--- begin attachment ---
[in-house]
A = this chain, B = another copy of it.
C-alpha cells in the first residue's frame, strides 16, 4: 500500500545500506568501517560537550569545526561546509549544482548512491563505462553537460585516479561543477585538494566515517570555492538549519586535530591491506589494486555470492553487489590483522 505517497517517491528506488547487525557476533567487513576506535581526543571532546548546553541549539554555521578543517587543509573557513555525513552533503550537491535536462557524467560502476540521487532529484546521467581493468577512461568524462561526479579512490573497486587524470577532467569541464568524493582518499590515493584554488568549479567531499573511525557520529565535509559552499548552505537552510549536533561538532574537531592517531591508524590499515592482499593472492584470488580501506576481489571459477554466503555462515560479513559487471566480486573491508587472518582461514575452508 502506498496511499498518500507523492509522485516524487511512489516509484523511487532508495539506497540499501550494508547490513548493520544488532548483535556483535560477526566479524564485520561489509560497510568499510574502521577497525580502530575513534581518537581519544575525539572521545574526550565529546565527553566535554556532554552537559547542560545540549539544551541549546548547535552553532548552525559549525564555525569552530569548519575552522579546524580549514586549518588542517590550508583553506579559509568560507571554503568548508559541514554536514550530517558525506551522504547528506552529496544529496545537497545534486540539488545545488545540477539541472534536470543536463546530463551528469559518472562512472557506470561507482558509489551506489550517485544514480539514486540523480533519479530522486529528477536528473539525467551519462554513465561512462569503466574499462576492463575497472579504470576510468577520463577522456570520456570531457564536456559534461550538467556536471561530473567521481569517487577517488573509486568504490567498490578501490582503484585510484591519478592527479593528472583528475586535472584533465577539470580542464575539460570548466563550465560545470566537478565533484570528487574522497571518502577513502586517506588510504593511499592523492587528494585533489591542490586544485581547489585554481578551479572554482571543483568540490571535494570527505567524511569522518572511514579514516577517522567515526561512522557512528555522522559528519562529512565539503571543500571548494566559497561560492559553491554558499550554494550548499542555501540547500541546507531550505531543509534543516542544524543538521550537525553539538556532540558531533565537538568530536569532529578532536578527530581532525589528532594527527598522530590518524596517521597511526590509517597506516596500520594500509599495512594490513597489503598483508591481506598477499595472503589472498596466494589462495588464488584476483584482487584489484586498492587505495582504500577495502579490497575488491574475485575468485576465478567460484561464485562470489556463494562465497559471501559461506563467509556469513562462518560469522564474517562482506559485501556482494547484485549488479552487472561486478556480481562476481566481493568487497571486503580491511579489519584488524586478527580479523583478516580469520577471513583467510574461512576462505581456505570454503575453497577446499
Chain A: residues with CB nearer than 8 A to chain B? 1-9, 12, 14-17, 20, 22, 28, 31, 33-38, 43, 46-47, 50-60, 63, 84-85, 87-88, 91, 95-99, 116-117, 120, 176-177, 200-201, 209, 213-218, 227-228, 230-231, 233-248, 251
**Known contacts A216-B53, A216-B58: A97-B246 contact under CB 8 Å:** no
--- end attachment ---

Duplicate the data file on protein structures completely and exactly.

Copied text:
[in-house]
A = this chain, B = another copy of it.
C-alpha cells in the first residue's frame, strides 16, 4: 500500500545500506568501517560537550569545526561546509549544482548512491563505462553537460585516479561543477585538494566515517570555492538549519586535530591491506589494486555470492553487489590483522 505517497517517491528506488547487525557476533567487513576506535581526543571532546548546553541549539554555521578543517587543509573557513555525513552533503550537491535536462557524467560502476540521487532529484546521467581493468577512461568524462561526479579512490573497486587524470577532467569541464568524493582518499590515493584554488568549479567531499573511525557520529565535509559552499548552505537552510549536533561538532574537531592517531591508524590499515592482499593472492584470488580501506576481489571459477554466503555462515560479513559487471566480486573491508587472518582461514575452508 502506498496511499498518500507523492509522485516524487511512489516509484523511487532508495539506497540499501550494508547490513548493520544488532548483535556483535560477526566479524564485520561489509560497510568499510574502521577497525580502530575513534581518537581519544575525539572521545574526550565529546565527553566535554556532554552537559547542560545540549539544551541549546548547535552553532548552525559549525564555525569552530569548519575552522579546524580549514586549518588542517590550508583553506579559509568560507571554503568548508559541514554536514550530517558525506551522504547528506552529496544529496545537497545534486540539488545545488545540477539541472534536470543536463546530463551528469559518472562512472557506470561507482558509489551506489550517485544514480539514486540523480533519479530522486529528477536528473539525467551519462554513465561512462569503466574499462576492463575497472579504470576510468577520463577522456570520456570531457564536456559534461550538467556536471561530473567521481569517487577517488573509486568504490567498490578501490582503484585510484591519478592527479593528472583528475586535472584533465577539470580542464575539460570548466563550465560545470566537478565533484570528487574522497571518502577513502586517506588510504593511499592523492587528494585533489591542490586544485581547489585554481578551479572554482571543483568540490571535494570527505567524511569522518572511514579514516577517522567515526561512522557512528555522522559528519562529512565539503571543500571548494566559497561560492559553491554558499550554494550548499542555501540547500541546507531550505531543509534543516542544524543538521550537525553539538556532540558531533565537538568530536569532529578532536578527530581532525589528532594527527598522530590518524596517521597511526590509517597506516596500520594500509599495512594490513597489503598483508591481506598477499595472503589472498596466494589462495588464488584476483584482487584489484586498492587505495582504500577495502579490497575488491574475485575468485576465478567460484561464485562470489556463494562465497559471501559461506563467509556469513562462518560469522564474517562482506559485501556482494547484485549488479552487472561486478556480481562476481566481493568487497571486503580491511579489519584488524586478527580479523583478516580469520577471513583467510574461512576462505581456505570454503575453497577446499
Chain A: residues with CB nearer than 8 A to chain B? 1-9, 12, 14-17, 20, 22, 28, 31, 33-38, 43, 46-47, 50-60, 63, 84-85, 87-88, 91, 95-99, 116-117, 120, 176-177, 200-201, 209, 213-218, 227-228, 230-231, 233-248, 251
**Known contacts A216-B53, A216-B58: A97-B246 contact under CB 8 Å:** no